Some view the will of God in a fatalistic fashion. About twenty years ago there were a series of books written commonly referred to as "which-way" books. One would read so many pages, and then come to a juncture where they would be given various options as to what they wanted the character to do. One would turn to different pages for the different options they chose. Nobody would ever read the book straight through, nor would they end up reading every page. There were multiple endings to the story, the ending of which one arrived at depending on various decisions they made earlier in the story. One wrong choice and the destiny of the character would change. Some people view the Christian life in this manner; i.e. if we make one wrong decision or ever miss the will of God, it will change our destiny. While I do believe that one can miss the will of God and change their destiny, the Scripture does not indicate that missing the will of God for oneís life comes from making a few bad choices. Abraham went out of Godís will to conceive Ishmael, yet Godís will for Abrahamís life still came to pass. Pages of Biblical examples of this nature could be cited. God is able to get us back on track if we are willing to follow Him. As long as we are willing to allow God to lead us in the direction we should go, being more concerned about His will than our own, I do not believe we need to fear missing the will of God for our lives.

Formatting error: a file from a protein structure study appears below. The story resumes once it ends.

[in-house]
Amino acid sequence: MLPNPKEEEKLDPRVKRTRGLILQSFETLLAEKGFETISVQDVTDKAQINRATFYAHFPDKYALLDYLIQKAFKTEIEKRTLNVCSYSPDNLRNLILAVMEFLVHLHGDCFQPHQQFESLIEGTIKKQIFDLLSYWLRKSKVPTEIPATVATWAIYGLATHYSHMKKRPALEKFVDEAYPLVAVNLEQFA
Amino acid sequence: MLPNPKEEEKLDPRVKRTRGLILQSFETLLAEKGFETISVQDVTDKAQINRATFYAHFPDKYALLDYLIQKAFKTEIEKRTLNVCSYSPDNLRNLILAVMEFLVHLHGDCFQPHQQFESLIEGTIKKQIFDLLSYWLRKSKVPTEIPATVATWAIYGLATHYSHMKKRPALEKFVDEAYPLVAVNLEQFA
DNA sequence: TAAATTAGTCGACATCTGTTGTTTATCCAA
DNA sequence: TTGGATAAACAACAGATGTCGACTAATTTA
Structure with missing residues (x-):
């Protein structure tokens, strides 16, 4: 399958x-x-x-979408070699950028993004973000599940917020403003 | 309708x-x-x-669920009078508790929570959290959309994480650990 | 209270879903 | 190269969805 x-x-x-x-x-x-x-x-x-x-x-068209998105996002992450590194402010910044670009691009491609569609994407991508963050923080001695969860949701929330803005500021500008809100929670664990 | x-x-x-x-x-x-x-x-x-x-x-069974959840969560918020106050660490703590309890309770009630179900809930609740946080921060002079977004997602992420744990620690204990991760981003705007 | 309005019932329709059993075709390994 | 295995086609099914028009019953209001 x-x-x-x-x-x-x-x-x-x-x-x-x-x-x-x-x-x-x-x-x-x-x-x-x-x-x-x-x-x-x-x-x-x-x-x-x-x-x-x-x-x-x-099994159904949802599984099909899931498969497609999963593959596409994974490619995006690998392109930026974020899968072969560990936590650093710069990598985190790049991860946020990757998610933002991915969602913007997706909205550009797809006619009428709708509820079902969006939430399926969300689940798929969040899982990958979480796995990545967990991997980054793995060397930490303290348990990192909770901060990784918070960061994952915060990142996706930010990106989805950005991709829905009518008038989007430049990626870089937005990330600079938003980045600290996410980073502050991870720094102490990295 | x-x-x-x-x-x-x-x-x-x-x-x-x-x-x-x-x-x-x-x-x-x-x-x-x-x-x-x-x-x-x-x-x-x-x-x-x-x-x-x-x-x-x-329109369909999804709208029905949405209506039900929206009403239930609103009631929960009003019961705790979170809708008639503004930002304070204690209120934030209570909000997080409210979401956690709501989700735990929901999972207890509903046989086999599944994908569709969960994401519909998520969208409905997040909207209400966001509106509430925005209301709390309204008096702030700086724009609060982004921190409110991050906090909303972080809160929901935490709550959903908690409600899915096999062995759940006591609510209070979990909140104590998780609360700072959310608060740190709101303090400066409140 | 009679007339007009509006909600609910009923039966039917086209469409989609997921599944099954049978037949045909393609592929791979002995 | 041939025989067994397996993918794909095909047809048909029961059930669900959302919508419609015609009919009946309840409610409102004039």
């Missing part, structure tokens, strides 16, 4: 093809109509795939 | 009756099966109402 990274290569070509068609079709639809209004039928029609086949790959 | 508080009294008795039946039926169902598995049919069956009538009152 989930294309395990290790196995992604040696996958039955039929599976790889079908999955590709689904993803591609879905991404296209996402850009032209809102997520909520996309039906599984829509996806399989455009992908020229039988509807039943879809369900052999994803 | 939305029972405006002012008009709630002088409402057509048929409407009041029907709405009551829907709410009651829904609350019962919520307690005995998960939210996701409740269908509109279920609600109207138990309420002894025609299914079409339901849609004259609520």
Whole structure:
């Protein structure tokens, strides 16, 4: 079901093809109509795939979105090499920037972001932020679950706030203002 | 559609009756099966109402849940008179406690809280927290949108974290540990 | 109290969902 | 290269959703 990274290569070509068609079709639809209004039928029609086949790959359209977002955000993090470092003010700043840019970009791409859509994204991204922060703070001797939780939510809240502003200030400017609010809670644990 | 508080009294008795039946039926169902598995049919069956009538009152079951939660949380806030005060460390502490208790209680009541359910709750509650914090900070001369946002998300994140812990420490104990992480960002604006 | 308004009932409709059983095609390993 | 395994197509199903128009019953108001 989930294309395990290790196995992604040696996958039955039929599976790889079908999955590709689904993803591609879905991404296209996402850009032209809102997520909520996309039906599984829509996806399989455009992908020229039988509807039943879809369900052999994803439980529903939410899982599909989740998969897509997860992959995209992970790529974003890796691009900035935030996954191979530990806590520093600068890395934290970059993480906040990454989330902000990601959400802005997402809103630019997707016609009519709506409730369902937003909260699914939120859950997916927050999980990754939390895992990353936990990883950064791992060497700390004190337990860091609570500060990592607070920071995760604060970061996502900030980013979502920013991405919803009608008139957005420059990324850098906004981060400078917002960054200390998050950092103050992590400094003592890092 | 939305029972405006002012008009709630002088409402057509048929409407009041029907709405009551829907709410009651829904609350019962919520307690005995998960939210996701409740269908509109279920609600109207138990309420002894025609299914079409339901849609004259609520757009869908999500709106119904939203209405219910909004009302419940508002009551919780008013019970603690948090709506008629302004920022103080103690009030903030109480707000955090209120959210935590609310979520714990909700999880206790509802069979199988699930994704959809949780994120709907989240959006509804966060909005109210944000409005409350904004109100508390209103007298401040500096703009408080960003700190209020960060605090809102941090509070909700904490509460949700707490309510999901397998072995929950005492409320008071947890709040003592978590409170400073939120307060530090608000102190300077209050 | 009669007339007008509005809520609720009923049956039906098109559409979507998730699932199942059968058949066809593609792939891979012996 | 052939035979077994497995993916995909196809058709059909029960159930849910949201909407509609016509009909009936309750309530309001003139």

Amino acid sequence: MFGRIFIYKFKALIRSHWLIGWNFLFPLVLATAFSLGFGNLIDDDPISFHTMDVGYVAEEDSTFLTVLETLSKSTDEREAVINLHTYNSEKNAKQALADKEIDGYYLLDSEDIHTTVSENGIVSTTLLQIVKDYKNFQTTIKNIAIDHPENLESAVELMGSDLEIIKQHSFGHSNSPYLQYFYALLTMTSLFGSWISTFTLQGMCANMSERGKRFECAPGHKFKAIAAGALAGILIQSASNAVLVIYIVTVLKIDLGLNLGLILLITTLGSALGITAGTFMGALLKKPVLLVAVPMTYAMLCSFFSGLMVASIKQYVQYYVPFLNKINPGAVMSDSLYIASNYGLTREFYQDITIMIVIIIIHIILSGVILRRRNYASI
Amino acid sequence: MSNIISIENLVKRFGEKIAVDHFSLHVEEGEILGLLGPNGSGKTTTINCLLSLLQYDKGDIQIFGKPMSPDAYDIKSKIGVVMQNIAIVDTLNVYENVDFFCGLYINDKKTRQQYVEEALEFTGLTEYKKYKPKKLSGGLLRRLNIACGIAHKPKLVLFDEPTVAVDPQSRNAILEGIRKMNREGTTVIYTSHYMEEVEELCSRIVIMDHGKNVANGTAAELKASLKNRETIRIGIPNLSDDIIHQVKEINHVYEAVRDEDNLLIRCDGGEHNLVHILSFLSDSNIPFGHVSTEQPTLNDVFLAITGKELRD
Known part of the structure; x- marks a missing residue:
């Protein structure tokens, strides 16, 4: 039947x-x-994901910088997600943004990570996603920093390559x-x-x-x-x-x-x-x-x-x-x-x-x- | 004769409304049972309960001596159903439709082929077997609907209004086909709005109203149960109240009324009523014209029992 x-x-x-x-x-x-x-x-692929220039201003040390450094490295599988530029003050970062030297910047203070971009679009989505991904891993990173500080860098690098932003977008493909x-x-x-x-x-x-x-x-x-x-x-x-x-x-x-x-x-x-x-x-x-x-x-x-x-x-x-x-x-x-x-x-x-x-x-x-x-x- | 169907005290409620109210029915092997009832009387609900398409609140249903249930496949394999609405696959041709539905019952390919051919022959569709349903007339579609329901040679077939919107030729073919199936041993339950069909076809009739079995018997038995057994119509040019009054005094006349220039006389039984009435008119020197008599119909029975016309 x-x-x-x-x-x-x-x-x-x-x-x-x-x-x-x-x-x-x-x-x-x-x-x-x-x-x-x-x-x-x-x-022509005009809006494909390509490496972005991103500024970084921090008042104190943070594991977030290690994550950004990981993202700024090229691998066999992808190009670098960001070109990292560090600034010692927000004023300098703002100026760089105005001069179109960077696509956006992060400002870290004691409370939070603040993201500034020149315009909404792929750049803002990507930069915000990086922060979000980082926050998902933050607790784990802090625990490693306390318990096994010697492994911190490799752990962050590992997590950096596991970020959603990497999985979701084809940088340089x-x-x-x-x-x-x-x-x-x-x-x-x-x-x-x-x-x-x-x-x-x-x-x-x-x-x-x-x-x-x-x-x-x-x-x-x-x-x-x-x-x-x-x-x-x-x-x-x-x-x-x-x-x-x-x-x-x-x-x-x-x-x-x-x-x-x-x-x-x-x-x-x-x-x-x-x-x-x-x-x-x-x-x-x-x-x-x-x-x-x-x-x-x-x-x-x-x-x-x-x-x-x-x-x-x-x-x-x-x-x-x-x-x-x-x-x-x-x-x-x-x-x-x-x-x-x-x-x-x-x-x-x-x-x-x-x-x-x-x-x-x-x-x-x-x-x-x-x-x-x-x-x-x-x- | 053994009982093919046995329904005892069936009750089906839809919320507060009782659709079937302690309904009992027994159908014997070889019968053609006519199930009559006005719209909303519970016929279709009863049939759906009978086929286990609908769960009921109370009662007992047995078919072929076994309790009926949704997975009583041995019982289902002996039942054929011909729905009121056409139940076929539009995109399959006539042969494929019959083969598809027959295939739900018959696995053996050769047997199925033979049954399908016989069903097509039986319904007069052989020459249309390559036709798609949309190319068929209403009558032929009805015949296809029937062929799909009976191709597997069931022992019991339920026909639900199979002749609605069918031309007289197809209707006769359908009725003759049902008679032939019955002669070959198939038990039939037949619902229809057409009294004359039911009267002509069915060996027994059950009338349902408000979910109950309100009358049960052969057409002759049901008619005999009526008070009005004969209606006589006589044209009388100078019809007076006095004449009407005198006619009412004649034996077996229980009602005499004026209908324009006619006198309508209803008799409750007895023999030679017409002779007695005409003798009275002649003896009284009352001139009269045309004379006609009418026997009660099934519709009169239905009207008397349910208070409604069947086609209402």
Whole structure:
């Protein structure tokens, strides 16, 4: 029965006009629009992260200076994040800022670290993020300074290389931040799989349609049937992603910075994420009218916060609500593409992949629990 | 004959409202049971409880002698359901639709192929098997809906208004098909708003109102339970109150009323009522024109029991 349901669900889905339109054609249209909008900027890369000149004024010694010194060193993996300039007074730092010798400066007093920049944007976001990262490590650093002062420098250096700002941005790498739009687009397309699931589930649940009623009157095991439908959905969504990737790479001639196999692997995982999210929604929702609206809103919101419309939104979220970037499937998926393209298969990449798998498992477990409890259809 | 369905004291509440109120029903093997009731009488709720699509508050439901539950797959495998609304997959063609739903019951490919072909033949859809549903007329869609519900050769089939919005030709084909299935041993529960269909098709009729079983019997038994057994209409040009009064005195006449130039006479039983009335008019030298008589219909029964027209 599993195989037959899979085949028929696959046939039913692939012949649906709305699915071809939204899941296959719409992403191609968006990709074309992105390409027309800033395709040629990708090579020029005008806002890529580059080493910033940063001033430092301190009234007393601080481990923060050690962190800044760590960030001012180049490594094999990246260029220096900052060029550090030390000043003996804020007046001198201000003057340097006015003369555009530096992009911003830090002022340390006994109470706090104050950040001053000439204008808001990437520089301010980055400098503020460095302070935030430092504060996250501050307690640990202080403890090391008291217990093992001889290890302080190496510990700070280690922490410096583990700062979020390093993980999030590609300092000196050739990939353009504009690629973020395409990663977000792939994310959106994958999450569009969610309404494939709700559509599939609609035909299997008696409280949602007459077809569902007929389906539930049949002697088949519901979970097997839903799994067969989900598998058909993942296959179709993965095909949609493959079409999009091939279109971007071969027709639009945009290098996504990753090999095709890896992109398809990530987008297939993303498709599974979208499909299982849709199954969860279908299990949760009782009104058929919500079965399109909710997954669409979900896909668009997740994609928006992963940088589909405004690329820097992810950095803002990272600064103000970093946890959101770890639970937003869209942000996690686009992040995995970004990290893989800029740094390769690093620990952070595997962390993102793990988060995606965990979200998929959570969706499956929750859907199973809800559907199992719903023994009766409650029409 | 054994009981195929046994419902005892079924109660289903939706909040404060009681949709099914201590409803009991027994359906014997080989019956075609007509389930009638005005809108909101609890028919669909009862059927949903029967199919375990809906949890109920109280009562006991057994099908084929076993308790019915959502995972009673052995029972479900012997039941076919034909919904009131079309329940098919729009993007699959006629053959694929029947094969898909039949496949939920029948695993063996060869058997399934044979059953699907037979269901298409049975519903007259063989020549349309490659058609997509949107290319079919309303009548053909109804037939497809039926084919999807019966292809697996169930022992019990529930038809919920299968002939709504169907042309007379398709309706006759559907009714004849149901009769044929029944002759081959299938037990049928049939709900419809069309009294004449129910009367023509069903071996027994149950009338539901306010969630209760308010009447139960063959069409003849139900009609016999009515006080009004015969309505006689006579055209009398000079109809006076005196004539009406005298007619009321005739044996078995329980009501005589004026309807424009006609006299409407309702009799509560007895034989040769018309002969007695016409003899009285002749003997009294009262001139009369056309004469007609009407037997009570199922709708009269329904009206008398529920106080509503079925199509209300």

Although there are times in which God is silent concerning His will, many who seek God's will fear they will not find it because they are not in tune enough with God. If God is speaking on the spiritual station 90.1 FM, they fear they will be tuned into 90.3 FM. While it is true in some cases that our carnality can blind us to God's revelation of Himself to us, most people who fear missing the will of God are the godfearing, praying, faithful saints of the church.

The notion that we may not be able to hear/know the voice/will of God when seeking after it (and when God is wanting to reveal it) presumes something very crucial about Godís will and power that must be critically examined. To believe that God desires to communicate His will to us, and that we desire to be communicated to, and yet we can still miss His voice/will, is to question Godís power. Does God do what He wills, or does God try to do what He wills? Does God ever try to do anything? Does God try to heal someone, speak to someone, or reveal Himself? No. With God it is yeah and amen. Whatever He purposes to do He does. God does not try to do anything.